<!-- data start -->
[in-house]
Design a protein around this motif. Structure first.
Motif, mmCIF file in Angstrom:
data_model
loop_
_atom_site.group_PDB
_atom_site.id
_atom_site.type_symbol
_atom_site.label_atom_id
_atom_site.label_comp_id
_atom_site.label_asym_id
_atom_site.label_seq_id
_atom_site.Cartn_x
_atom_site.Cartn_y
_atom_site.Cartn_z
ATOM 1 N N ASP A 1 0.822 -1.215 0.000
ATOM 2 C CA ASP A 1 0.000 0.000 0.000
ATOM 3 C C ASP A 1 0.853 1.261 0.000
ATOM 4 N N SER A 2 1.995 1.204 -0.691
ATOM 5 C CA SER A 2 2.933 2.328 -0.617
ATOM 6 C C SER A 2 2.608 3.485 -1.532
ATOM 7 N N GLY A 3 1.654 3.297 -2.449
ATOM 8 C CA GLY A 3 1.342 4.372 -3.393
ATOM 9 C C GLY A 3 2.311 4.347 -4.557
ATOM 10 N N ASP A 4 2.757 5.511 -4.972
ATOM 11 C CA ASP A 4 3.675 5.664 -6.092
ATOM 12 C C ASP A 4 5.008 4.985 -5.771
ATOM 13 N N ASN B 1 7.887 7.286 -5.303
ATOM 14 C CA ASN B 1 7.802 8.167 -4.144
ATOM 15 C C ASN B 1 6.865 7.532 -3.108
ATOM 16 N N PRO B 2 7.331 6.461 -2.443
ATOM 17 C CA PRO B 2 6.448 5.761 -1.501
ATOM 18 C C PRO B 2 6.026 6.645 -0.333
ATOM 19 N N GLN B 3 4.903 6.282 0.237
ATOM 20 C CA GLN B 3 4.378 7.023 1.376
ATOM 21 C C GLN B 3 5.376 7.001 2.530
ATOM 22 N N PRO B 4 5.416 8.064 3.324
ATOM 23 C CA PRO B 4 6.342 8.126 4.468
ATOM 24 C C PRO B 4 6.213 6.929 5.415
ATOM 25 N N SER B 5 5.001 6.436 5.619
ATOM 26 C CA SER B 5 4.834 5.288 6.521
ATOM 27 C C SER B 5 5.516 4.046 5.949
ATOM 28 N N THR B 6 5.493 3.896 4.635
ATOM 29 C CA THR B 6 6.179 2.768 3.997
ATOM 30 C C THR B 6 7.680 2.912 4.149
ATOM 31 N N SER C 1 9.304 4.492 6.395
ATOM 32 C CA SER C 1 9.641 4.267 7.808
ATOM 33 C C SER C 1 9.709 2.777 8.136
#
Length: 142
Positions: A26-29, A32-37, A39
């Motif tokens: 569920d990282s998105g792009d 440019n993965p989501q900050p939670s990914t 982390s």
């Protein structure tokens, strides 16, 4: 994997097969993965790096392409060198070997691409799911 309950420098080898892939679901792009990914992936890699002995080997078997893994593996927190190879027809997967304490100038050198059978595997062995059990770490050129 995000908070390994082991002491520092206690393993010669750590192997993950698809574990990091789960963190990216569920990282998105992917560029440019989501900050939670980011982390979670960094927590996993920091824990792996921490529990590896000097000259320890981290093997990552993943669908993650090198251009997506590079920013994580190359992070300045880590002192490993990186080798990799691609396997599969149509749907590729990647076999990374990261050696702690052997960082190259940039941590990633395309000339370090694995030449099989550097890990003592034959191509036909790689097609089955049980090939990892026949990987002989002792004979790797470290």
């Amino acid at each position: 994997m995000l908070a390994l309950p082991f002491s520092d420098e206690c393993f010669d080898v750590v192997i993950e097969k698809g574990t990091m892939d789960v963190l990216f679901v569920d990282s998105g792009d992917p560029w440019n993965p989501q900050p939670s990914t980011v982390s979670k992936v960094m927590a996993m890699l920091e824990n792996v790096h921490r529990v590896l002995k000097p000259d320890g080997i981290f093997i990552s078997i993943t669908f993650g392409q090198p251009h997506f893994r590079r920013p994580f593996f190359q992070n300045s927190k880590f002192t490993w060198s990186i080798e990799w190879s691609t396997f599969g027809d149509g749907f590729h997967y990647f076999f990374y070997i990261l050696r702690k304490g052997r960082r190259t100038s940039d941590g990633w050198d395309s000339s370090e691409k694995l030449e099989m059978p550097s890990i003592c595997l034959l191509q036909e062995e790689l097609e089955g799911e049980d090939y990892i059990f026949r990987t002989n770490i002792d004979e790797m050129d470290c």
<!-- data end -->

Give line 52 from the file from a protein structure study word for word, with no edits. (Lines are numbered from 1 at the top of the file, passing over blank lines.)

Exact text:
């Motif tokens: 569920d990282s998105g792009d 440019n993965p989501q900050p939670s990914t 982390s």